Asked why the school has assistants monitor and restrict student behavior during chapel services, Yonsei University declined to answer.
Key to resolving the conflicts
Amid the heated debate, universities tend to say they respect their students’ religious beliefs and that the purpose of mandatory chapel attendance is not to force them to be Christians (or Protestants).
“The chapel course in Ewha has been carried out since 1888, as part of the school’s efforts to maintain a spirit of community among the students, professors and the faculty,” the Ewha Woman’s University chaplain’s office told The Korea Herald in a written statement.
“Our chapel features various programs, including dance performances and lectures that convey our Christian values to students in a friendly way.”
Other universities, such as Yonsei and Myongji, offer similar programs to attract the attention of non-Christian students.
“Transforming and distorting the sacred chapel class into something entertaining by hosting dancers and lectures to grab people’s attention can be a serious sacrilege,” Ryu Sang-tae, a pastor and the chief of the Korea Institute for Religious Freedom, told The Korea Herald in a phone interview.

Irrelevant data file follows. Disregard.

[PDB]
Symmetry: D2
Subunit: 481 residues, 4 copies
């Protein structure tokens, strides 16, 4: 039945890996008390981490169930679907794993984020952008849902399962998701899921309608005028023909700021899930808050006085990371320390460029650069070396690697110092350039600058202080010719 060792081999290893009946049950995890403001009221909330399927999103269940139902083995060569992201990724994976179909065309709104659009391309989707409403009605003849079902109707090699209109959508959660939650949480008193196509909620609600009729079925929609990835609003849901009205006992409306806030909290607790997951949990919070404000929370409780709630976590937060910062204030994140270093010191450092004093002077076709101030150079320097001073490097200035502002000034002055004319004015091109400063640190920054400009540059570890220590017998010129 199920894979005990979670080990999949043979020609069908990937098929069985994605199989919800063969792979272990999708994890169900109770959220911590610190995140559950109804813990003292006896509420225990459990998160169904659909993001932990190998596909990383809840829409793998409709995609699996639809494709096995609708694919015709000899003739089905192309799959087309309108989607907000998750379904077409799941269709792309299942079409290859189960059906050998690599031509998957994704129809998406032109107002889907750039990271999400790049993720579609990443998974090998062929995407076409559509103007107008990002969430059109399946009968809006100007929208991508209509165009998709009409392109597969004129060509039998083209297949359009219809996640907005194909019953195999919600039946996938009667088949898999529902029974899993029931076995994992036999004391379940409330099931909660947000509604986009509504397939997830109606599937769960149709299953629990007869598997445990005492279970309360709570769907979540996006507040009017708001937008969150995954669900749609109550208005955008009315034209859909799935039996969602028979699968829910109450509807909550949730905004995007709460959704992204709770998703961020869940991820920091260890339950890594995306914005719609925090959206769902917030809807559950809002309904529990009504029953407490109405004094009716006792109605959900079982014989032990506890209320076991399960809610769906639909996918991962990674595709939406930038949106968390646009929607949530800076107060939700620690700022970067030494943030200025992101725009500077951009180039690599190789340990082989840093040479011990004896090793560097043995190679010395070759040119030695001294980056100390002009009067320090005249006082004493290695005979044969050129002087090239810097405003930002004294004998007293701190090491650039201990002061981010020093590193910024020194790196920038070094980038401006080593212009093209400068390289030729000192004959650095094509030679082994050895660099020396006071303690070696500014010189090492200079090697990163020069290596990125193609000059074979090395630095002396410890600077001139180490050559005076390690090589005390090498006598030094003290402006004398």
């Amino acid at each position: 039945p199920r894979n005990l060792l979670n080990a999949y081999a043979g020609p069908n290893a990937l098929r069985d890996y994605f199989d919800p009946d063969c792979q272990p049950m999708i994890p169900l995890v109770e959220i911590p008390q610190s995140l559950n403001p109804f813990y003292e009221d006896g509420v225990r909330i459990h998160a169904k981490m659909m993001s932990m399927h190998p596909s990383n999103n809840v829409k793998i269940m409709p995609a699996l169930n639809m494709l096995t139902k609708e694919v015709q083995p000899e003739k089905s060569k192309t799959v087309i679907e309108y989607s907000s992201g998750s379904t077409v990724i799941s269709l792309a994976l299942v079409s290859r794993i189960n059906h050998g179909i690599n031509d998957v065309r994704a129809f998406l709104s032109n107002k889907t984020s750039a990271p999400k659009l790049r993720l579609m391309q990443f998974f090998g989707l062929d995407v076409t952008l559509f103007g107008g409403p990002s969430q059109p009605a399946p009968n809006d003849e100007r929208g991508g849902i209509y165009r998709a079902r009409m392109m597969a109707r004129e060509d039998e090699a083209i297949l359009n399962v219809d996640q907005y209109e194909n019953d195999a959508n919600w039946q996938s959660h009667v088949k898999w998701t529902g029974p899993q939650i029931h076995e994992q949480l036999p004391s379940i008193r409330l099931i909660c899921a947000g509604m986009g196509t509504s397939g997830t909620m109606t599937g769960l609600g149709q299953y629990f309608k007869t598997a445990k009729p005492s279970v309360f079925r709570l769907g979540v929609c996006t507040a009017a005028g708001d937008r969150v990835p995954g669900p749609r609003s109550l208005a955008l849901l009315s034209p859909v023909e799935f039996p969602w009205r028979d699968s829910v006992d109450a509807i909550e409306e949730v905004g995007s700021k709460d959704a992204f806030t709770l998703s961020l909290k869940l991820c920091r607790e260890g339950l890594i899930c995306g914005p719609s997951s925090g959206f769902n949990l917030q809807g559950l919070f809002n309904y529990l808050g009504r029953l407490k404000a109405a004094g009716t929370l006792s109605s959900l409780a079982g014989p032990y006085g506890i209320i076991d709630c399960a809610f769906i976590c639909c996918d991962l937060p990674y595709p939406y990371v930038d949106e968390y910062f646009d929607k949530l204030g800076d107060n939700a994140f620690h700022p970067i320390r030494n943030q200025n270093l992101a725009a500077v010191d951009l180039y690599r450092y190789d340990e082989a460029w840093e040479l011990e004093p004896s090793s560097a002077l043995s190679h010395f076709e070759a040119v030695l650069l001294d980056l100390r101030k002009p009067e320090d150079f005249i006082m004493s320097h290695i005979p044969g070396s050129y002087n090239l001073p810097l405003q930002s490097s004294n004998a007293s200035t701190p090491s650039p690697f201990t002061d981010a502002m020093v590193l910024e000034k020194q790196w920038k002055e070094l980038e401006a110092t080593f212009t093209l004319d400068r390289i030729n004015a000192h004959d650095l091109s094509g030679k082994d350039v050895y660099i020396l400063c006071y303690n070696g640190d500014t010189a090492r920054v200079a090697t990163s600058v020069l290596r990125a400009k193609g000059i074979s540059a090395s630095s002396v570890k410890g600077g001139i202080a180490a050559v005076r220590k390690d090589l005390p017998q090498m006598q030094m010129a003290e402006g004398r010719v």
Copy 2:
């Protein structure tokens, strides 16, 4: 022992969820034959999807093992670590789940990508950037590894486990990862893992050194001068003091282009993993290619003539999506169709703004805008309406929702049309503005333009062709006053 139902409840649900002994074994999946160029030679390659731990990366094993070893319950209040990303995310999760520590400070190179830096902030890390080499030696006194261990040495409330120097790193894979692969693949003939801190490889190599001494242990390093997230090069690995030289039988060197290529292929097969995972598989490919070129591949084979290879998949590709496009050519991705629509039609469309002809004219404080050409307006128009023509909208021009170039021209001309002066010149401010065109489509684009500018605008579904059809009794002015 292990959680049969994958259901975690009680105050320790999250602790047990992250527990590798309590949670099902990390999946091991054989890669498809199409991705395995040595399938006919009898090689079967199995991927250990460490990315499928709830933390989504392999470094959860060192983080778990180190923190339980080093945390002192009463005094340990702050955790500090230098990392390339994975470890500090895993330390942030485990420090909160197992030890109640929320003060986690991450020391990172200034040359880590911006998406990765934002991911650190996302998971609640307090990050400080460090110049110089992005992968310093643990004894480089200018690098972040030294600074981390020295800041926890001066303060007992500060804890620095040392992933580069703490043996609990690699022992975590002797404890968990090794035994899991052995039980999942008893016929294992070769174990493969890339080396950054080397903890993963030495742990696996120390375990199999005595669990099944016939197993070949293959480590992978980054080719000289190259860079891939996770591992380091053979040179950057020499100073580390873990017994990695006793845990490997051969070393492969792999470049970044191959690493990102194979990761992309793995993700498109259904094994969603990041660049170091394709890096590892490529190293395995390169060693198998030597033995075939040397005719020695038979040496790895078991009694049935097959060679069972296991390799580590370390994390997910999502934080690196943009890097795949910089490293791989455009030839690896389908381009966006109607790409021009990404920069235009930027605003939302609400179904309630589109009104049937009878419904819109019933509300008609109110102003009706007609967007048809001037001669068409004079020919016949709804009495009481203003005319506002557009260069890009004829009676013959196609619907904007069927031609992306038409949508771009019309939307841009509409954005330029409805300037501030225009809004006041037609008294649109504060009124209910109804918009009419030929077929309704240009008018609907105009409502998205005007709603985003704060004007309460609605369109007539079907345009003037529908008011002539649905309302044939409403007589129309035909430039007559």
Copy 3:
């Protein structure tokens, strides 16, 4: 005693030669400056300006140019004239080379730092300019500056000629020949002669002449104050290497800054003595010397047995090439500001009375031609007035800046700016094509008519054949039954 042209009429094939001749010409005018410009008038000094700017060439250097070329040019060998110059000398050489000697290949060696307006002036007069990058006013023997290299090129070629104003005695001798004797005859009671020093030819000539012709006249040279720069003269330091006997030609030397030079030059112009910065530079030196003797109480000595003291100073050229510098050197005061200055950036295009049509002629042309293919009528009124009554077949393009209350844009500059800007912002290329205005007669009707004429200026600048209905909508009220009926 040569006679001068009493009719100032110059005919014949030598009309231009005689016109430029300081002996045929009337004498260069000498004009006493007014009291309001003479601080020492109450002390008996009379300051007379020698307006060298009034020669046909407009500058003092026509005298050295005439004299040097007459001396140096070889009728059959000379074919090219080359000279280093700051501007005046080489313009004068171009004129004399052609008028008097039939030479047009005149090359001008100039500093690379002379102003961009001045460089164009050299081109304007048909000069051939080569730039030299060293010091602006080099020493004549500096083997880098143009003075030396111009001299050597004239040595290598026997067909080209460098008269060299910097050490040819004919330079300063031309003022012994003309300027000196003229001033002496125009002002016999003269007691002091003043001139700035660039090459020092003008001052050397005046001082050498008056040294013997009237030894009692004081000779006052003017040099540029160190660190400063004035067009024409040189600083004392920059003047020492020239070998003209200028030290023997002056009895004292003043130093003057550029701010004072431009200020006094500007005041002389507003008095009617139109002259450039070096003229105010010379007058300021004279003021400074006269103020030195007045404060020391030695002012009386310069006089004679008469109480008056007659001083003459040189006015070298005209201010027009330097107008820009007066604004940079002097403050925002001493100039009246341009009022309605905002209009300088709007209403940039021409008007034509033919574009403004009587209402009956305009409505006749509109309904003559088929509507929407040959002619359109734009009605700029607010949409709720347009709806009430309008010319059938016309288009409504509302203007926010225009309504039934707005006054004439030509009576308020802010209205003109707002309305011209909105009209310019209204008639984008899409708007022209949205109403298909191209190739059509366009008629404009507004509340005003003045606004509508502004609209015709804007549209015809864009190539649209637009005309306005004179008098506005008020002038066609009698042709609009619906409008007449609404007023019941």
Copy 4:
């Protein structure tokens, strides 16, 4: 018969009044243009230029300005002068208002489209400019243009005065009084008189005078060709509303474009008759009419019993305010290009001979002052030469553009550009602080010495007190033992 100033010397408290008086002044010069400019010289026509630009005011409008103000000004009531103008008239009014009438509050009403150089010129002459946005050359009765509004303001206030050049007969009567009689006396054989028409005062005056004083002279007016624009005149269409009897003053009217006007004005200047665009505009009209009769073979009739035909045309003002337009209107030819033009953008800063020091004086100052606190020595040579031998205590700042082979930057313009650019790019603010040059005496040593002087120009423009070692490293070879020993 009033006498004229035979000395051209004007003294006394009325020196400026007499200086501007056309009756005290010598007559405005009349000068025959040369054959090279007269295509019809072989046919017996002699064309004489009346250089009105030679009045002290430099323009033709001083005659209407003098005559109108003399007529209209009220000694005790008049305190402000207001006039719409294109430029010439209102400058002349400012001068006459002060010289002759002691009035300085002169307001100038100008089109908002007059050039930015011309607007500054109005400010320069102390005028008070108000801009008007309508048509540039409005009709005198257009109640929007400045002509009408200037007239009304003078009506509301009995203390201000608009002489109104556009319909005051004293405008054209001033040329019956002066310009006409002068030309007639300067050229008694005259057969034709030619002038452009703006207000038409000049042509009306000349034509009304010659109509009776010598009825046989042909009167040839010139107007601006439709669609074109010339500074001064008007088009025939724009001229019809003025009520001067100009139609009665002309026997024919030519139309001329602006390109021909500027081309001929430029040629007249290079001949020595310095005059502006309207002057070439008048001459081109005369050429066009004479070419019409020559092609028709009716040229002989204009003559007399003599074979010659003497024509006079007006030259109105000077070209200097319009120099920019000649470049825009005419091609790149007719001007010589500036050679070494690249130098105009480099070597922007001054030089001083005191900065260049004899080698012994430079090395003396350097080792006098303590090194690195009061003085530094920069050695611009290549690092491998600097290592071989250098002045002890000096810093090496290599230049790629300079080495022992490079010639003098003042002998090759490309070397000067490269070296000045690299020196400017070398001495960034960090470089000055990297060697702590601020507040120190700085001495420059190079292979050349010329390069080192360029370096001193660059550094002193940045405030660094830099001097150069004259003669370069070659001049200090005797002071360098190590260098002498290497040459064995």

“Putting people with different beliefs all in one room for the chapel class and making them feel bored, use their mobile phones and sleep during that time is another sacrilegious practice that schools are committing.”
The key to resolving the controversial issue is simple, Ryu said.
“It’s absurd to compel missionary schools to stop conducting chapel classes, as they have the right to teach and share their beliefs with students. At the same time, students also have the right not to believe in God and to refuse to attend the chapel class. Exercising one’s rights while ignoring the rights of others is illogical.
“The problem is that the school forces every student to take the chapel course. If the class becomes an elective course, I believe all disputes will be resolved. Rather than pushing non-Christian students to attend the chapel, it would be much better if schools held a genuinely sacred chapel service every week with students who have a firm belief in Jesus.”
By Park Ju-young (firstname.lastname@example.org)